APD announces policy changes following fatal shootings of officers in Dallas

Lillian Michel and Anusha Lalani

The Austin Police Department held a press conference Friday in response to the killing of five police officers at a protest in Dallas the previous night.

Police Chief Art Acevedo began by expressing condolences for the Dallas Police Department and the Dallas Area Rapid Transit police department, whose officers were killed in the attack. Acevedo admitted that “policing isn’t perfect” but that violence against police officers is not an appropriate response.

“These five officers that gave their lives yesterday, they had nothing to do with [Minnesota or Baton Rouge],” Acevedo said. “These five officers gave their lives in defense, in protection of their critics.”

Acevedo went on to explain the policies APD will enforce for the remainder of July and August to prevent a significant increase in violent crime in the city. APD will be operating at “100 percent staffing on patrol,” meaning there will be 10 or 12 officers working every shift and all officers will be required to work overtime.

According to Acevedo, July and August are the two most violent months for the city of Austin and APD already had a plan in place to increase patrolling. He listed three reasons for deploying more police officers.

“Number one: It will give us an additional capability in terms of response to any type of threat here in the city,” Acevedo said. “Number two: It will absolutely increase our visibility throughout the city … And number three: It will make sure that our officers have every single piece of equipment [available to them] should they become a target.”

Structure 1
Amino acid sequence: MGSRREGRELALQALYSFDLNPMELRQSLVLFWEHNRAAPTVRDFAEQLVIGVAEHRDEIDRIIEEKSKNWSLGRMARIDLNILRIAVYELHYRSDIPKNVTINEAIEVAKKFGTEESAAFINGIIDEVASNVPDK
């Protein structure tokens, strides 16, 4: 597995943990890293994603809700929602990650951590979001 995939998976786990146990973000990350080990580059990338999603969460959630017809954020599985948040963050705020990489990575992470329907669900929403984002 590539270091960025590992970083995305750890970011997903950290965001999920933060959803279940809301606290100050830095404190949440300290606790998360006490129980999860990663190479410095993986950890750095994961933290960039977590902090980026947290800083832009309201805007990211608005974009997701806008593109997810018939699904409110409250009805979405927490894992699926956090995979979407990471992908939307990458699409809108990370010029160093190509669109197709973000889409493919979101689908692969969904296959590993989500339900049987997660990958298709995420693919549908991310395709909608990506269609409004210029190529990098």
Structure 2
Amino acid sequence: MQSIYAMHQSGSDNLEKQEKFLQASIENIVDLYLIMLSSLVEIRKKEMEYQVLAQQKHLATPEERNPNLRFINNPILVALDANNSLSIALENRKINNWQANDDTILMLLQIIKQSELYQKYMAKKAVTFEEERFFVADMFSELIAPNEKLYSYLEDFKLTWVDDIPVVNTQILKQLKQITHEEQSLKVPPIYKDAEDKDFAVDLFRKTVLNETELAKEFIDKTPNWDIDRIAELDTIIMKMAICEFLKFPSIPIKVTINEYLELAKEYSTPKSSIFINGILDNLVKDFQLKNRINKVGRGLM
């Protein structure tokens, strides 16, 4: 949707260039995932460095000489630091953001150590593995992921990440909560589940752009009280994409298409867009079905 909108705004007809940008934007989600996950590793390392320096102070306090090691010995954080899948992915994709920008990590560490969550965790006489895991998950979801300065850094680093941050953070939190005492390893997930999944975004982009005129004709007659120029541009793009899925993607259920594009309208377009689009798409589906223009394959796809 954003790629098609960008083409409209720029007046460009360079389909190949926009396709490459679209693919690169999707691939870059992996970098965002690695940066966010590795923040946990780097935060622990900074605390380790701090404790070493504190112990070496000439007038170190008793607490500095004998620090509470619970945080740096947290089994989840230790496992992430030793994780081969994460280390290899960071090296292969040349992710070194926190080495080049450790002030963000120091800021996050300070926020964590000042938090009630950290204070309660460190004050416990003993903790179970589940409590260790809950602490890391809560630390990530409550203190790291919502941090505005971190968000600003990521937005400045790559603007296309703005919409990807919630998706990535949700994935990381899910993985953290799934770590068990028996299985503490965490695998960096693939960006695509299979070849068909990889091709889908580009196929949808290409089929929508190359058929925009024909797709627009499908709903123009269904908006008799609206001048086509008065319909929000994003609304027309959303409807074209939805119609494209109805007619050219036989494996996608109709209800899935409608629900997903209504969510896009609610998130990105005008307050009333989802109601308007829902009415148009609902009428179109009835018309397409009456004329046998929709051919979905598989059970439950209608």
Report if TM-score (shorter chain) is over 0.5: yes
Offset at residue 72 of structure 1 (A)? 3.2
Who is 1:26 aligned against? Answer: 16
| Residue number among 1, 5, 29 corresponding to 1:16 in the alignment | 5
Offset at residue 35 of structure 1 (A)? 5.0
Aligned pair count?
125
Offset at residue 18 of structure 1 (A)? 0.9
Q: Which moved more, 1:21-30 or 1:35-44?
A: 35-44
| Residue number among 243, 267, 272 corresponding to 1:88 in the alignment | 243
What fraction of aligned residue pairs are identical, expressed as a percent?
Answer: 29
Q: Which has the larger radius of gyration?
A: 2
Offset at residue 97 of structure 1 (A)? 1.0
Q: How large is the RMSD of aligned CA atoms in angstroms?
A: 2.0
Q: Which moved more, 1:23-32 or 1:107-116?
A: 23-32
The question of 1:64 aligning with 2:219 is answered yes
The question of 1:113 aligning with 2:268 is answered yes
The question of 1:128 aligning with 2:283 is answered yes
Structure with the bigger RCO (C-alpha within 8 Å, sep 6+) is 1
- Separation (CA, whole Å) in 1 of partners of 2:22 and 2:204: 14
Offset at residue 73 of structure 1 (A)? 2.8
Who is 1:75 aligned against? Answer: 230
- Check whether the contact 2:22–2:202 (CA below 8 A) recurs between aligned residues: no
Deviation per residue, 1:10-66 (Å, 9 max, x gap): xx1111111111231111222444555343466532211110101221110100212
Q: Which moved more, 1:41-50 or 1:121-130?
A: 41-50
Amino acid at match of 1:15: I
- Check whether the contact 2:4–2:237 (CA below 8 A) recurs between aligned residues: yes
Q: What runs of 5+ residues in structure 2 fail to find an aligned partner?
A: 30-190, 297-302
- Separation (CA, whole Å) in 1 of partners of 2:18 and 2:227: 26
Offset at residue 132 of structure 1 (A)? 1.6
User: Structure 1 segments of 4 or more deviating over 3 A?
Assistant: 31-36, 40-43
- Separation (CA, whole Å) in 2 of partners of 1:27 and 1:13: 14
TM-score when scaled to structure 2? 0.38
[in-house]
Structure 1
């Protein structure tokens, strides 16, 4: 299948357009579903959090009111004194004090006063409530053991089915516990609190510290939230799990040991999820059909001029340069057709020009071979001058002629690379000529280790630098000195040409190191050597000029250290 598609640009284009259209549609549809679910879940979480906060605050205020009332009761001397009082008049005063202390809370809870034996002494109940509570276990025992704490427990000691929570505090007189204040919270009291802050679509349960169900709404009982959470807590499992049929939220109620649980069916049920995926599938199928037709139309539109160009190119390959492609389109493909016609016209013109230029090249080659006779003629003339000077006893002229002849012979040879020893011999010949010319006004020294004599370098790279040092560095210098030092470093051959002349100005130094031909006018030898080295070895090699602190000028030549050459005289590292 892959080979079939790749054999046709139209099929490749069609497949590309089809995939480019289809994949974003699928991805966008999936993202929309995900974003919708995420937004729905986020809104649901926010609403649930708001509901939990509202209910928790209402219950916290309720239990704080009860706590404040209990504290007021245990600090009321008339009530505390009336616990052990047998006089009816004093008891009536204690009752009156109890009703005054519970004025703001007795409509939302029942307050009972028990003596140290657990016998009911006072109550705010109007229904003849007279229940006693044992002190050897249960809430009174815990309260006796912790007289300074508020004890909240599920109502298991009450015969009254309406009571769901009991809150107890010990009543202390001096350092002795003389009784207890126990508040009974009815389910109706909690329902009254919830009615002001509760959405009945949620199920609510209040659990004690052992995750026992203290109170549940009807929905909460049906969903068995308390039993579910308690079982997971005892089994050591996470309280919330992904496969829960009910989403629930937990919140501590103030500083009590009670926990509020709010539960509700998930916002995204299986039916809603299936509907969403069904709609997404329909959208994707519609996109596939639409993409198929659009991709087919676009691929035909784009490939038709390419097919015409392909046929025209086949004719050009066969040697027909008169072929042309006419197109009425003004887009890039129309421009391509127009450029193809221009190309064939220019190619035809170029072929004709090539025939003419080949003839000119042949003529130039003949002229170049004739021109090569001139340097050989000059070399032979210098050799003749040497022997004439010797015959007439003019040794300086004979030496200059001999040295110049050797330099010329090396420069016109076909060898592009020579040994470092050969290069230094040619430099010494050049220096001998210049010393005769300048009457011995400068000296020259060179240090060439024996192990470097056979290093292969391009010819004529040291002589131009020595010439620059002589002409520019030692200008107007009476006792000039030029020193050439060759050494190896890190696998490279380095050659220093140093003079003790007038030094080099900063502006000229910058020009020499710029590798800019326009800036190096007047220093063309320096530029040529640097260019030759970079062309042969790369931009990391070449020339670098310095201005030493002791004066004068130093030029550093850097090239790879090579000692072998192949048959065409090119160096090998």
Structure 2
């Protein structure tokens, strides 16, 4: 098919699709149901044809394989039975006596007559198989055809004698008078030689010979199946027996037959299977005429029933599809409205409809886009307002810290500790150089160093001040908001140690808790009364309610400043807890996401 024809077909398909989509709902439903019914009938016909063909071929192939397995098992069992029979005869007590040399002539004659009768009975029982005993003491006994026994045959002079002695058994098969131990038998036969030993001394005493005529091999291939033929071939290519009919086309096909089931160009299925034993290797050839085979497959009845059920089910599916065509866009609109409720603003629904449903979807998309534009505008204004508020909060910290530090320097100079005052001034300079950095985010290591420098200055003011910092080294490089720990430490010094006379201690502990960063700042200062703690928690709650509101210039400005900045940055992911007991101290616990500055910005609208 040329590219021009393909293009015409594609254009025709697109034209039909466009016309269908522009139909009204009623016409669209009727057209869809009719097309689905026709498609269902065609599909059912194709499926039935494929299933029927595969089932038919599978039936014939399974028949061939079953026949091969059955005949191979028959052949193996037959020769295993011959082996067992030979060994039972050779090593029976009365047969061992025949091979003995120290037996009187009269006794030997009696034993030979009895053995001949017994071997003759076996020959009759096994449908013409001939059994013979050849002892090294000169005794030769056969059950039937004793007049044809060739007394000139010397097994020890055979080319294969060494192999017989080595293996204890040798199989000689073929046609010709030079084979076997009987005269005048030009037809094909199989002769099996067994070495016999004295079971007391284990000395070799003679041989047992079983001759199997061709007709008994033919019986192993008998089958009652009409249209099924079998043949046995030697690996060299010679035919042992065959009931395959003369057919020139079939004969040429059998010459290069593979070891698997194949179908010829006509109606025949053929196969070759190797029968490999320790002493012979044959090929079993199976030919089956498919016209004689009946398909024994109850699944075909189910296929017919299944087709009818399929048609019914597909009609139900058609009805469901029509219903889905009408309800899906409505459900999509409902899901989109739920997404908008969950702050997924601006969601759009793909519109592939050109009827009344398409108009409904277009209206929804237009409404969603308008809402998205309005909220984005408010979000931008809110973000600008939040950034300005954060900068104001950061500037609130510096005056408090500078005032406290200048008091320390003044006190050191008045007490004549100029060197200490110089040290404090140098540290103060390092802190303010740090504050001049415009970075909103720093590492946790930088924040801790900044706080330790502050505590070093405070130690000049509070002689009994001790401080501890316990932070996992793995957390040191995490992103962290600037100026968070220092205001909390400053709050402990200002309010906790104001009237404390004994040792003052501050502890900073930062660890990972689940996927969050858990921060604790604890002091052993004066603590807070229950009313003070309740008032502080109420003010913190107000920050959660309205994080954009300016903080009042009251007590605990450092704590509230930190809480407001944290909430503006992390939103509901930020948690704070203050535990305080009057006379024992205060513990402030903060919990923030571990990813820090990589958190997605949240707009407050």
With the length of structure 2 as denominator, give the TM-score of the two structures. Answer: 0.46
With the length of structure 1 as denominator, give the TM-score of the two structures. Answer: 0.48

Fatima Mann, a co-founder of the Austin Justice Coalition, an activist-led organization raising awareness for criminal justice reform, said the increase in staffing is unnecessary and would not help lower the crime rate.

“Art has wanted more police officers for a long time without addressing the trainings and the issues that already occur,” Mann said. “Getting more officers without adequate training [is not the solution] … Crime happens everywhere. But the thing is that there are more police officers in communities of color as if that’s the only place that crime happens.”

Mann suggested that the police officers receive training from people of the community, such as the Austin Justice Coalition or other organizations, so that the officers have a diversified understanding of how to handle situations involving people from different backgrounds.

Acevedo was also asked to comment on Lt. Gov. Dan Patrick’s statements blaming previous Black Lives Matter protests for the attack, to which Acevedo repeatedly urged that people refrain from associating the attack in Dallas with any organization.

“I couldn’t disagree more with Lieutenant Governor Patrick,” Acevedo said. “Maybe he needs to meet with our local members of Black Lives Matter … The vast majority are good people and all they want is good policing.”

“This has nothing to do with the black community, these are the actions of one individual and I am holding one individual accountable,” Acevedo said.